The idea that the art needs to match up to card color every time—or even frequently—is just a false assumption. It's like geocentrism or the idea that one player can't take on many all at once—get rid of that assumption, and it leads to great discoveries.
Subject Matter Can Convey Color Values Better Than Palette
Palette is a sledgehammery way to express a card's color. But "color" means a lot more than a wavelength of the light spectrum in Magic. The five colors are value systems, perspectives, philosophies. Each color represents a huge collection of visual motifs, emotional tones and attitudes, surface textures, associated creature types, spell styles, even body languages—in addition to a literal color scheme. Black cards, for example, often show ambitious death-mages, skulls and rotting flesh, shadowy swamp environments, agonizing victims, and/or a preponderance of barbed or spiked armor. Every color has characteristic shapes and subject matter that can get across the values of the color without relying on—well, color.
In fact, even if all Magic art were grayscaled into black-and-white, I'll bet you could usually still tell what color a creature was.
Color palette is a great tool for expressing mana color, and having the two match satisfies most players' expectations. But we find it much more powerful to focus on matching up a card's color with subject matter that expresses that color's values. It's more subtle, but in the long run it can create deeper, more meaningful, more long-lasting impressions of the Magic Multiverse.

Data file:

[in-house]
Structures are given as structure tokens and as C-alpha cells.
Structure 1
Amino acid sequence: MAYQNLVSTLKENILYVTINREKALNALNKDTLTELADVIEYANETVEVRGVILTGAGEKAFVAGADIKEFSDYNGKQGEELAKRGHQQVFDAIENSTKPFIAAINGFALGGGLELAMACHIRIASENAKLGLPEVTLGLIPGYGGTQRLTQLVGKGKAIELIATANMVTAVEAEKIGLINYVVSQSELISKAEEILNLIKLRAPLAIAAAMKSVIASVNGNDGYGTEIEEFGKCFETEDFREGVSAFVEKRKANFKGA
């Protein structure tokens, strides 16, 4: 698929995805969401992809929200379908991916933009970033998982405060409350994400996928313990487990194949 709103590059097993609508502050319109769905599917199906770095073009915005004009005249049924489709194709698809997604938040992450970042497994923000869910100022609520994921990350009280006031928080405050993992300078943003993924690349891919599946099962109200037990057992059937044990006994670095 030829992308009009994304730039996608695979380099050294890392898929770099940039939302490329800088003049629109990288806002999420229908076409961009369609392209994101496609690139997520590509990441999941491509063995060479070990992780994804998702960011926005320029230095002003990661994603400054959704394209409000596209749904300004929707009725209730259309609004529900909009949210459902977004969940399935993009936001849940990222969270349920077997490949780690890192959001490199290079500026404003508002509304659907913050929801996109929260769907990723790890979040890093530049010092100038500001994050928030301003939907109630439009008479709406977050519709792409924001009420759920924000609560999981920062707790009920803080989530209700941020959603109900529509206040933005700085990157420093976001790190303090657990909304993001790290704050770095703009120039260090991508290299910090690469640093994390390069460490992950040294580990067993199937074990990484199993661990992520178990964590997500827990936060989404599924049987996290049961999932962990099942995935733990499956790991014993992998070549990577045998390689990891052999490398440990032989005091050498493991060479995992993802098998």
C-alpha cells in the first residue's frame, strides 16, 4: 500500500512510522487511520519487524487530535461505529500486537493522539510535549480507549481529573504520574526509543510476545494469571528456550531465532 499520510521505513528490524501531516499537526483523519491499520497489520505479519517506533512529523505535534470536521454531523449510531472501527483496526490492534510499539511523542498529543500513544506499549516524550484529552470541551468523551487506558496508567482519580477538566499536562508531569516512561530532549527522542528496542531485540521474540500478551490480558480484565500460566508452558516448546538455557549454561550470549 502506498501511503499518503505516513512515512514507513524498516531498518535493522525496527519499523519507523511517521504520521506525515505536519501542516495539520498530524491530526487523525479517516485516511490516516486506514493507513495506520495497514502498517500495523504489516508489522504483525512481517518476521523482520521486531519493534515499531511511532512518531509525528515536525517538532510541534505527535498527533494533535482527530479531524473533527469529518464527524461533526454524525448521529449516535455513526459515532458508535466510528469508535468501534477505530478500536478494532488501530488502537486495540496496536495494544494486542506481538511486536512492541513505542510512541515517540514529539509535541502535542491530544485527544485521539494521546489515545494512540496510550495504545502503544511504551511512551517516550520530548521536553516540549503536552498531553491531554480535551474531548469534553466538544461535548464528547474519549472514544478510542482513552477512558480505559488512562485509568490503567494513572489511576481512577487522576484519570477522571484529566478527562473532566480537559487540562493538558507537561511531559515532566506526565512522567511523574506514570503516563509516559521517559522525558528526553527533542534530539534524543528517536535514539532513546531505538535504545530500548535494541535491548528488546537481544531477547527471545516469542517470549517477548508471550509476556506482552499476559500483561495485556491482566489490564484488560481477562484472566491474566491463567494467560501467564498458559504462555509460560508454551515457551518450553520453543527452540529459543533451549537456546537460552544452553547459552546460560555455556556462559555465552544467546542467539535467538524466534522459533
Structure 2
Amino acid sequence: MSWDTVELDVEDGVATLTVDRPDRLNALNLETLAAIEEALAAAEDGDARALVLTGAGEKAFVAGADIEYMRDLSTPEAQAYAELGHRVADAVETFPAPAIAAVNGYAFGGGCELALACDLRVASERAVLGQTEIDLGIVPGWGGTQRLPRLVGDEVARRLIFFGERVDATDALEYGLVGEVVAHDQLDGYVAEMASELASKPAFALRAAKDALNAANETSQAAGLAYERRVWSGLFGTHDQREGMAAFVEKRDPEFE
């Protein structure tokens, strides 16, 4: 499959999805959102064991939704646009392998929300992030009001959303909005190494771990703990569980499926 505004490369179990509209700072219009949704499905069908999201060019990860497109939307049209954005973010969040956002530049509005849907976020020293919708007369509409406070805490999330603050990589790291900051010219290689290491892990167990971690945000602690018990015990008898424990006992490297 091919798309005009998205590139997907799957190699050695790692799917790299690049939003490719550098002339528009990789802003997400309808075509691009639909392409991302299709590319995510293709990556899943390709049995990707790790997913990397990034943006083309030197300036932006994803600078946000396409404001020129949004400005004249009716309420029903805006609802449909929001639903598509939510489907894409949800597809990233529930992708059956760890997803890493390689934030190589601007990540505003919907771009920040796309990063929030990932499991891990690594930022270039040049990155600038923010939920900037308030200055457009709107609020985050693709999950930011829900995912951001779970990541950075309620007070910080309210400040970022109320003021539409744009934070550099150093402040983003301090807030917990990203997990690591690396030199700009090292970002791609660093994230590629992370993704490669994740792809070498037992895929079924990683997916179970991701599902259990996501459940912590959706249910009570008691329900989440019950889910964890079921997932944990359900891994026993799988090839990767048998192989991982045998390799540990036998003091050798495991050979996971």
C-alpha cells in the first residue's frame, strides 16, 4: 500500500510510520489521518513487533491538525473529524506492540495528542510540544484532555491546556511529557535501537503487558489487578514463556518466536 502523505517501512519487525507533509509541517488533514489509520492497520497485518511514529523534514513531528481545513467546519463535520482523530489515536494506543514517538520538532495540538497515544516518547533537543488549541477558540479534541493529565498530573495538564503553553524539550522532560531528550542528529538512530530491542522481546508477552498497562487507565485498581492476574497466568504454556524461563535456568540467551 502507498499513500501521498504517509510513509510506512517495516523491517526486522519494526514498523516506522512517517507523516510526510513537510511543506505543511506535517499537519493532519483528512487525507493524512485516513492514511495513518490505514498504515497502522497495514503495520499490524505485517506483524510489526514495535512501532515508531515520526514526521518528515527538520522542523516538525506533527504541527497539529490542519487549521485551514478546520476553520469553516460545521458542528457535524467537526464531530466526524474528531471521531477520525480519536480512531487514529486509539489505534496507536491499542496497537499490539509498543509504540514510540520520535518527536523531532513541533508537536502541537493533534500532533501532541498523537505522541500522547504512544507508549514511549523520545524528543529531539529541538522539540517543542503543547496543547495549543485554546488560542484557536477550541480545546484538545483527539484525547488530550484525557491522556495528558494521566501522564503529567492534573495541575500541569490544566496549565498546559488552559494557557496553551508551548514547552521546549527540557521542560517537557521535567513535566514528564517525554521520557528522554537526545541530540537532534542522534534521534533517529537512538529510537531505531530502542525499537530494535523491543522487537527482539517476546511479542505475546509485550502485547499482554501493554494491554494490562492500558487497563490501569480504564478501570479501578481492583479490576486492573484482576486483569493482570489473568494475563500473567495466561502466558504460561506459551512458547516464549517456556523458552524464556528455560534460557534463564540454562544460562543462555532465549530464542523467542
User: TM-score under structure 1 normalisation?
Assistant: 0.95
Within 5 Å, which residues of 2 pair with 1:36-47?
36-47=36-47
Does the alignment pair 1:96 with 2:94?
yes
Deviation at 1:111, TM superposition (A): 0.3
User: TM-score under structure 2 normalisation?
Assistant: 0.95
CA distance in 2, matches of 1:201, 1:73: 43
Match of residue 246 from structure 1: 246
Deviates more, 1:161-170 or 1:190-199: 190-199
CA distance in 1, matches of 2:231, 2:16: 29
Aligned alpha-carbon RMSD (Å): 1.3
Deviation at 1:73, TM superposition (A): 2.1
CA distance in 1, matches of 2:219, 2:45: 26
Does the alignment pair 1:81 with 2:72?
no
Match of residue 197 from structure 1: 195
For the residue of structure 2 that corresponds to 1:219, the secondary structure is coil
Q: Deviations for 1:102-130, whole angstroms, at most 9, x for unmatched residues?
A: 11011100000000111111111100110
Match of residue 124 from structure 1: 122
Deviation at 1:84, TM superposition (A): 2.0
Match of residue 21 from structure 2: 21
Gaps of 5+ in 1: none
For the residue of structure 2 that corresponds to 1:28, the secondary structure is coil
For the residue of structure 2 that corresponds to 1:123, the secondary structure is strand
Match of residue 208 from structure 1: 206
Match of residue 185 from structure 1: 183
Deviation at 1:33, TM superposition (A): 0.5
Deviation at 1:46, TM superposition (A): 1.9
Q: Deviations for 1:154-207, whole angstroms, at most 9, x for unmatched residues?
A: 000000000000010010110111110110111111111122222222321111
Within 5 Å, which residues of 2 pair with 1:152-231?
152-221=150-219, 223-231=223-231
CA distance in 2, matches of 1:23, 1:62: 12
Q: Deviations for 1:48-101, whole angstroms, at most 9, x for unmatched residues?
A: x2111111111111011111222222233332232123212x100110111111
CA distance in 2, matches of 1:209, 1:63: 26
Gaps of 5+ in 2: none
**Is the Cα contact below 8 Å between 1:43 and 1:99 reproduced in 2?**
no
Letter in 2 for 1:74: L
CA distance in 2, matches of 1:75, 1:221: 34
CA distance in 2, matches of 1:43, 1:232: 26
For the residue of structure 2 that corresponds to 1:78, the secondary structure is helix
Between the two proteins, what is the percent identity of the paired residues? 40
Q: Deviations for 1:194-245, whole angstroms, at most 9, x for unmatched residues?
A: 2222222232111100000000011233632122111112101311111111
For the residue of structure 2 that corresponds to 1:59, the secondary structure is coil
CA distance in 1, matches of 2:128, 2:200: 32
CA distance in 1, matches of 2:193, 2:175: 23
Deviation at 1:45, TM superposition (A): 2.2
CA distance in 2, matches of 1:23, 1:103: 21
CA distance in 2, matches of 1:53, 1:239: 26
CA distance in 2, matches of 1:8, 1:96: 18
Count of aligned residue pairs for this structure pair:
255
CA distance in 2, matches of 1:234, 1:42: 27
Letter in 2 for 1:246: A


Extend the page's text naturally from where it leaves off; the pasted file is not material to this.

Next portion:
The Palette Usually Matches Anyway
The final reason we don't specify palette to artists (or at least, the final one that comes to mind for me today) is that artists often use a palette that matches the card color without us calling it out. It's not surprising; they're usually primed to do so implicitly, even if palette isn't specified explicitly. For example, every art description starts with a line that mentions the card's color:
Color: Green creature
We use that line to specify the card's color values, but it inevitably influences the artist's choices of color palette. That word "green" might mean growth and instinct and massive creatures, but it also just means "green," so we often get greenish baloths and greenish wurms even when we don't ask for it. And there's another line in every art description that often influences palette:
If you're illustrating a "green creature" in a "forest," you're probably naturally drawn (heh) to choosing "greens, nut browns, and foliage colors" even if we don't tell you to.
When it's important, we do sometimes ask the artist to use colors that contradict the "color line" or "location line" in the art description. The Eldrazi, for example, are defined in part by their surreal, otherworldly magentas and teals and royal blues, frame color be damned. That helps them look distinct from the more traditional Zendikarian creatures and spells in those "brood lineage" colors—and just helps them feel like Æther-born weirdos.